For Direct Treatment Only

Hernia Discussion Forums Hernia Discussion For Direct Treatment Only

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    • #21930
      Casimir
      Participant

      At Dr Kangs website he states that Shouldice and Desarda should be used only for direct hernias.

      Since 70% are direct, are we to conclude that 30% of people are getting the wrong treatment if they are not diagnosed before surgery?

      That seems like a pretty serious problem? Can a doctor chime in?

      http://www.gibbeum.com/ect/cartoon-view.html?search_kind=&search_text=&board_name=cartoon&gotopage=1&no=20

    • #21932
      Alephy
      Participant

      I understood indirect ones are the majority…

    • #21938
      Casimir
      Participant

      @alephy I think if you include children but for adults I think it’s mostly weakened tissue / direct

    • #21941
      kaspa
      Participant

      To the best of my knowledge Shouldice and Desarda work both for direct or indirect hernias, or both.

      Dr. Kang is an expert in tissue hernia repair and perhaps technically speaking those repairs are more adequate for direct hernias.

      Dr. Kang uses different repairs for each hernia and so he must be quite aware what’s more perfect for each case.

      • This reply was modified 3 months, 2 weeks ago by kaspa.
    • #21944
      Jnomesh
      Participant

      I to am under the impression that indirect are the more common type of inguinal hernia.

      It’s interesting what dr. Kang reports.
      He does a different type repair depending on whether it’s a direct or indirect hernia. I once asked him what If someone has both types on one side and he said then he would do two repairs (in one operation) for each one.
      My understanding is that the shouldice and desarda repairs kind of reinforce both areas of the inguinal area no matter if it is a direct or indirect.
      Desarda kind of acts like a mesh reinforcement but with our own tissue and the shouldice reinforced the area a kind of buttoned home layered approach.
      If I remember correctly dr. Kang said that the problem with these surgeries (even though shouldice reports a super low recurrence rate and some have accused them of cherry picking patients) is that for indirect hernias they don’t address the closure of the internal ring in which he does in his surgery.
      Hope that helps.

    • #21947
      Casimir
      Participant

      @jnomesh @kaspa

      My understanding is that when it’s indirect, there is generally no issue with many delicate and important structures the desarda is disruptive to.

      And therefore is sort of like asking for a remodeled bathroom, you leave, and come back to a demolished house and a new one not as good cobbled together in it’s place, and the contractor says well you said you wanted a remodeled bathroom — ya got one. Technically you satisfied the request, but with collateral damage that is not appropriate.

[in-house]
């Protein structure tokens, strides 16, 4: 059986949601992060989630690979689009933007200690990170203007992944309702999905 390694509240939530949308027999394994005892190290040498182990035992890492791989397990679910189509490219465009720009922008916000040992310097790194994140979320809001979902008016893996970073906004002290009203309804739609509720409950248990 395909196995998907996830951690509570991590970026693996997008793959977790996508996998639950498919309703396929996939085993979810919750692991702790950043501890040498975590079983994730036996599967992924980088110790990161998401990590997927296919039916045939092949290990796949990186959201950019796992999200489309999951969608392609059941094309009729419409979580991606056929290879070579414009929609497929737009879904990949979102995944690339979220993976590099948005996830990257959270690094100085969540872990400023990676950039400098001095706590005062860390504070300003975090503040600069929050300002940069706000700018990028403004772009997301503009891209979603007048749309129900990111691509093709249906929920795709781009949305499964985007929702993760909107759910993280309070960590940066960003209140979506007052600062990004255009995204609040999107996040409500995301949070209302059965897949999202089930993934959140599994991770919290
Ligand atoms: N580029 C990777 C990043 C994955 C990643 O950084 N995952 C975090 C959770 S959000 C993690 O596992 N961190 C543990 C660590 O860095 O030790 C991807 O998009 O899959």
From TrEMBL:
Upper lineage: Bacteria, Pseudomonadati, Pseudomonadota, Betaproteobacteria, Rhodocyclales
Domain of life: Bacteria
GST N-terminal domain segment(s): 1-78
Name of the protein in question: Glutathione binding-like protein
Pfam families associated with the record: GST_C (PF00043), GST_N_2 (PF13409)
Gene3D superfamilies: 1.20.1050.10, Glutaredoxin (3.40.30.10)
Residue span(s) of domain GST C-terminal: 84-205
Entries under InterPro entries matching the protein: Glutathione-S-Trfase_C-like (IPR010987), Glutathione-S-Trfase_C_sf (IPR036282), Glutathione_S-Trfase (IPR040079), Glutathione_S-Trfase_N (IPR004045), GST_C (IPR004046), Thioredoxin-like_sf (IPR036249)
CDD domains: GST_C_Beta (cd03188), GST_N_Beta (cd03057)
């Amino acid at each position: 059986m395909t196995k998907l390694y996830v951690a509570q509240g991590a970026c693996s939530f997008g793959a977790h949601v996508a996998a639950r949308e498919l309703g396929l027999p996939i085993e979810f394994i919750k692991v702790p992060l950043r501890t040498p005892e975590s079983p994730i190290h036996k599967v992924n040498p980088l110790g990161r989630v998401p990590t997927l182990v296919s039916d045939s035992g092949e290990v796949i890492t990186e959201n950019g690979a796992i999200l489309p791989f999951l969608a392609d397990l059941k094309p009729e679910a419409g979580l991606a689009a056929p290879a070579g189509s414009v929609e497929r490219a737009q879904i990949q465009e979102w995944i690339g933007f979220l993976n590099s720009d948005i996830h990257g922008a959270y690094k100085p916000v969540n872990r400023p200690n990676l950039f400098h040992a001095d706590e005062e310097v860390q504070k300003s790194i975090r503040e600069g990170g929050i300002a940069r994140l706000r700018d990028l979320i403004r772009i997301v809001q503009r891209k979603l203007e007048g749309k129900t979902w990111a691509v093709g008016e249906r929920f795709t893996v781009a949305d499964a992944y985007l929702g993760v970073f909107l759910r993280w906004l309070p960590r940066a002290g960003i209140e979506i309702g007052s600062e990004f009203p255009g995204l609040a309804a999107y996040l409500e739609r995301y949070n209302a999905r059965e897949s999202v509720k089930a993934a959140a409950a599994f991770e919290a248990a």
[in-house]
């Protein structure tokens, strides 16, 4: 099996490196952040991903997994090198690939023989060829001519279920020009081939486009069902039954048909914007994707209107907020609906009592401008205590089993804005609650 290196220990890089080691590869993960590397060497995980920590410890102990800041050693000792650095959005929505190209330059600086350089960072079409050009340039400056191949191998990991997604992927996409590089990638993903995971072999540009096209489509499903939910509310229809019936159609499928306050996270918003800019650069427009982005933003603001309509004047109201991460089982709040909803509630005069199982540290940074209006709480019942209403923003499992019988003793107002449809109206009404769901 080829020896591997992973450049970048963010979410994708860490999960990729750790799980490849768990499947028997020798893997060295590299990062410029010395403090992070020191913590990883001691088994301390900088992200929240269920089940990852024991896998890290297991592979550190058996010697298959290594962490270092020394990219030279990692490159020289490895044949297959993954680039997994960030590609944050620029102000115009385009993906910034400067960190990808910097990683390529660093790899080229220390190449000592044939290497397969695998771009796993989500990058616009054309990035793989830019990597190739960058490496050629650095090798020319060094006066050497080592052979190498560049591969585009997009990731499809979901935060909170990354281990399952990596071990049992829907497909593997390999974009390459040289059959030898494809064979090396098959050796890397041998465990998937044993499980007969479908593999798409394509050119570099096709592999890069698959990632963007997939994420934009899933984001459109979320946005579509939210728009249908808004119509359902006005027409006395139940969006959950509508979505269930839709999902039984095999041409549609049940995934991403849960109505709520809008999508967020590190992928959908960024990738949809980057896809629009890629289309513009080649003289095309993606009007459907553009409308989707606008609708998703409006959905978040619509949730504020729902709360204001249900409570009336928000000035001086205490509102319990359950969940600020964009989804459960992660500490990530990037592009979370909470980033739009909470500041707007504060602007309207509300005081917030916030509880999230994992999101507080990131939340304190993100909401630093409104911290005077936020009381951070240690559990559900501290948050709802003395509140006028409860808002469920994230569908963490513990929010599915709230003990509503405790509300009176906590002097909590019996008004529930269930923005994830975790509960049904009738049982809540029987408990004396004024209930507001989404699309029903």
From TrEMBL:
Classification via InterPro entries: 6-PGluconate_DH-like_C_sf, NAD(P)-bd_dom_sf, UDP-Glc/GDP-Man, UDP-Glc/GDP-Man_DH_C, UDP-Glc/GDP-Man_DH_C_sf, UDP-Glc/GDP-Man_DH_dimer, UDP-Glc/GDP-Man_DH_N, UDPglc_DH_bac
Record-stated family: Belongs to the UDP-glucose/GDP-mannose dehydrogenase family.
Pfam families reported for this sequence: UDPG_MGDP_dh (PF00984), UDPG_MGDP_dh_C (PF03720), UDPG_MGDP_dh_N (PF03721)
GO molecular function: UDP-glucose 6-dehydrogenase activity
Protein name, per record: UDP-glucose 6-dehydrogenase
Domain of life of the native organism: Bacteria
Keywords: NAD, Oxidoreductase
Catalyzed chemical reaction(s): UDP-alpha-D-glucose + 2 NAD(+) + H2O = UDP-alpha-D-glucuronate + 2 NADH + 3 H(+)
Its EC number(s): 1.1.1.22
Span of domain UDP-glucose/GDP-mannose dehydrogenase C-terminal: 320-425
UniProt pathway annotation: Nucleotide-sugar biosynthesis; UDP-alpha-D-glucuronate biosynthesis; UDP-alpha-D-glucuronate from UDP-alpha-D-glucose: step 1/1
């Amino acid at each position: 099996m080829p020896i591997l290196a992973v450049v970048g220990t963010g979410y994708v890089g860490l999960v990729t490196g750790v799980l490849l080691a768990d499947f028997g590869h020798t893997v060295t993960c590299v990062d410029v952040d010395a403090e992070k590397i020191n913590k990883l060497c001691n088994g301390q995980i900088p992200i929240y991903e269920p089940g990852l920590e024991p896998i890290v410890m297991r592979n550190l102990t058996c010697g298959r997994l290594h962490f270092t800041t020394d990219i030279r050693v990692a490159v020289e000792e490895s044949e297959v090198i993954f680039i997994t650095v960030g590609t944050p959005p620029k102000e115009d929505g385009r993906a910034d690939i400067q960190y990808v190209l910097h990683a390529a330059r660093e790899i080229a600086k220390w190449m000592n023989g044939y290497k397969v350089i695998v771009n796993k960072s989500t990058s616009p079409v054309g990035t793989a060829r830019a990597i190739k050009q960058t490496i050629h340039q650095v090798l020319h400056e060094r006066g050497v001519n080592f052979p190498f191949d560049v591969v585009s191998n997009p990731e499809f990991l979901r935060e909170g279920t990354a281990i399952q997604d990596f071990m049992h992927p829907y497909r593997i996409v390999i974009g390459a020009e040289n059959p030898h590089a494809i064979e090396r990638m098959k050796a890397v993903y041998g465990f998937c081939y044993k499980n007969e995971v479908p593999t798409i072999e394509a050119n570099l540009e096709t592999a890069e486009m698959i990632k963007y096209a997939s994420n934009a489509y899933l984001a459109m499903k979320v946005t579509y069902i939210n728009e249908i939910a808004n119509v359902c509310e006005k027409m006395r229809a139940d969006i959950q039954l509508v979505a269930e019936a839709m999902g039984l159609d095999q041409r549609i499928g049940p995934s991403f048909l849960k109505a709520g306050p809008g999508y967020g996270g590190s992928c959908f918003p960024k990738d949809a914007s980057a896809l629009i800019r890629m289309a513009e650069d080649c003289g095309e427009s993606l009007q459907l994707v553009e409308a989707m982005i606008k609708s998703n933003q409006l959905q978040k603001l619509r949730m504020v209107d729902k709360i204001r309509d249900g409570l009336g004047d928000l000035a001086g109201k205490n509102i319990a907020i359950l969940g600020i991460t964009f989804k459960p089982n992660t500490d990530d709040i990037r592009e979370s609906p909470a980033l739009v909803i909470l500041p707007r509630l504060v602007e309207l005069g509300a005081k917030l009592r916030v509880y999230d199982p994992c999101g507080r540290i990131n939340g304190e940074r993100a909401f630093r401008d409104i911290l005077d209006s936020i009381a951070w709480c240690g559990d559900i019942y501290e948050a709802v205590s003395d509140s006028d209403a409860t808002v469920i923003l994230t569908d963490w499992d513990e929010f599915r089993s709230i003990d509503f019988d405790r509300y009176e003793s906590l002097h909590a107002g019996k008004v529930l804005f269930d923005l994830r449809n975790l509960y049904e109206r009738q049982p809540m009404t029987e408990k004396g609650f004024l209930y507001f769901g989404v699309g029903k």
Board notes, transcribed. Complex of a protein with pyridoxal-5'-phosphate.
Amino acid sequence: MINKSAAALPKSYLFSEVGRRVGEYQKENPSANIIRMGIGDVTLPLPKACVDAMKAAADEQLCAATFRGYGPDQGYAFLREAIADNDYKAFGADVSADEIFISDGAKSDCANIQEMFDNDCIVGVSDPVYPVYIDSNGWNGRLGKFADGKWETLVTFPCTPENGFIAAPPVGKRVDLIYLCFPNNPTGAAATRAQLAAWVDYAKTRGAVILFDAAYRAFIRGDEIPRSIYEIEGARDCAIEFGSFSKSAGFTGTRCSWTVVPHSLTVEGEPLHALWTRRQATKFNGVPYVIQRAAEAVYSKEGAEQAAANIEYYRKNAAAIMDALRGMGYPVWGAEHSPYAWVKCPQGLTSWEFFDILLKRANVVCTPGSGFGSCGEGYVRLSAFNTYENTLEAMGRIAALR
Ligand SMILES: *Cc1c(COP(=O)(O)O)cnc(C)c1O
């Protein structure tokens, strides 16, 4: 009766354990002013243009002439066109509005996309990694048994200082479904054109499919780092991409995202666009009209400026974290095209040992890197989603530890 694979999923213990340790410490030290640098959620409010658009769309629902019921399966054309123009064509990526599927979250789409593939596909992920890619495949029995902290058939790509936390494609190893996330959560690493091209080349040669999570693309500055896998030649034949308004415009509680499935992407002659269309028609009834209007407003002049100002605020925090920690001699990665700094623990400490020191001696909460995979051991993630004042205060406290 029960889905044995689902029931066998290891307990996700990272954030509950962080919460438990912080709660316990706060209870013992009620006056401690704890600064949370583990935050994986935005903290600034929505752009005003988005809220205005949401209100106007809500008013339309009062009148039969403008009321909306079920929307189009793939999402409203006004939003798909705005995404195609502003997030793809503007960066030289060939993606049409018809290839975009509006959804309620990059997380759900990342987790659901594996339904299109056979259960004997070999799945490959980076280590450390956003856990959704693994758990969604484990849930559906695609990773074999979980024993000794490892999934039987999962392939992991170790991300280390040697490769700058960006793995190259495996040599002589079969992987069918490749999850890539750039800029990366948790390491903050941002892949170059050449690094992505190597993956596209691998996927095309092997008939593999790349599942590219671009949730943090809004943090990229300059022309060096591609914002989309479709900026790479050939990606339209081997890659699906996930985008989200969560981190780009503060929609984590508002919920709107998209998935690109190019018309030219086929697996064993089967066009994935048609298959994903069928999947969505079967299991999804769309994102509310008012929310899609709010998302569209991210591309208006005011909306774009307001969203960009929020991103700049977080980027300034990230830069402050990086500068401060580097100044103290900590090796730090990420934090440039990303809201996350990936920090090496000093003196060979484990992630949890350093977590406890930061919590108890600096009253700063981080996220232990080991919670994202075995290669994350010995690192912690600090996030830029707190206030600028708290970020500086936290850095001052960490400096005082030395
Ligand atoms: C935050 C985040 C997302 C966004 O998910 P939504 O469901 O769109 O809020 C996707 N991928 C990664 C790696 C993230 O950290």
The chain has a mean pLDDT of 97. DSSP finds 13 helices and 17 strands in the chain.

This is how I am reading it. I will do more research. For whatever reason, this stuff fascinates me now.

    • #21948
      kaspa
      Participant

      Shouldice claims that often enough there are occult hernias and these account for a percentage of recurrence. That’s why they explore the whole area, including searching for femoral hernia (here, if present, they apply a mesh almost always). To explore the area completely they must cut a lot of structures and reconstruct them. That’s the rationale. I presume Desarda is more or less the same.

      According to literature if you treat indirect hernia only, you’ll get 37% recurrence due to “missed hernias”. See: Obney N, Chan CK. Repair of multiple time recurrent inguinal hernias with reference to common causes of recurrence. Contemporary Surgery 25:25-32(1984).

    • #21958
      Jnomesh
      Participant

      I think both comments have validity.
      What I like about dr. Brown’s approach is that he looks at the tissue and what’s going on inside the patient and then decides on the best approach and he says he is skilled on all of them.
      Not sure if he checks for a femoral hernia or not.
      I’d imagine say one has a direct hernia but say the direct area tissue is weakened he may do a shouldice type repair to fix the indirect hernia and reinforce the direct space at the same time.
      But I do like the bathroom comparison as it appears for many a simple Bassini or modified Bassini for a indirect hernia is appropriate.
      Although it seems like the shouldice repair at the shouldice hospital gives you a comprehensive exploration of all 3 types of inguinal hernias as well as a very sturdy repair for a low recurrence rate.

    • #21966
      kaspa
      Participant

      According to Shouldice numbers 1991-2001 secondary hernias are not as prevalent as in Obney’s article.

      They repaired 72.228 hernias. Of these 60% were indirect and had 8% occult hernias, 38% were direct and had 25% occult, 1.88% femoral and 70% occult. This makes about 15% on average.

      If you have no complication after hernia repair, I think having indirect-only repaired or all area repaired doesn’t make a great difference. Perhaps if you have indirect-only repaired and later need a direct repair, that’s more difficult to do (my thoughts). Missing a femoral hernia, even if quite rare, is too bad as these can be really dangerous.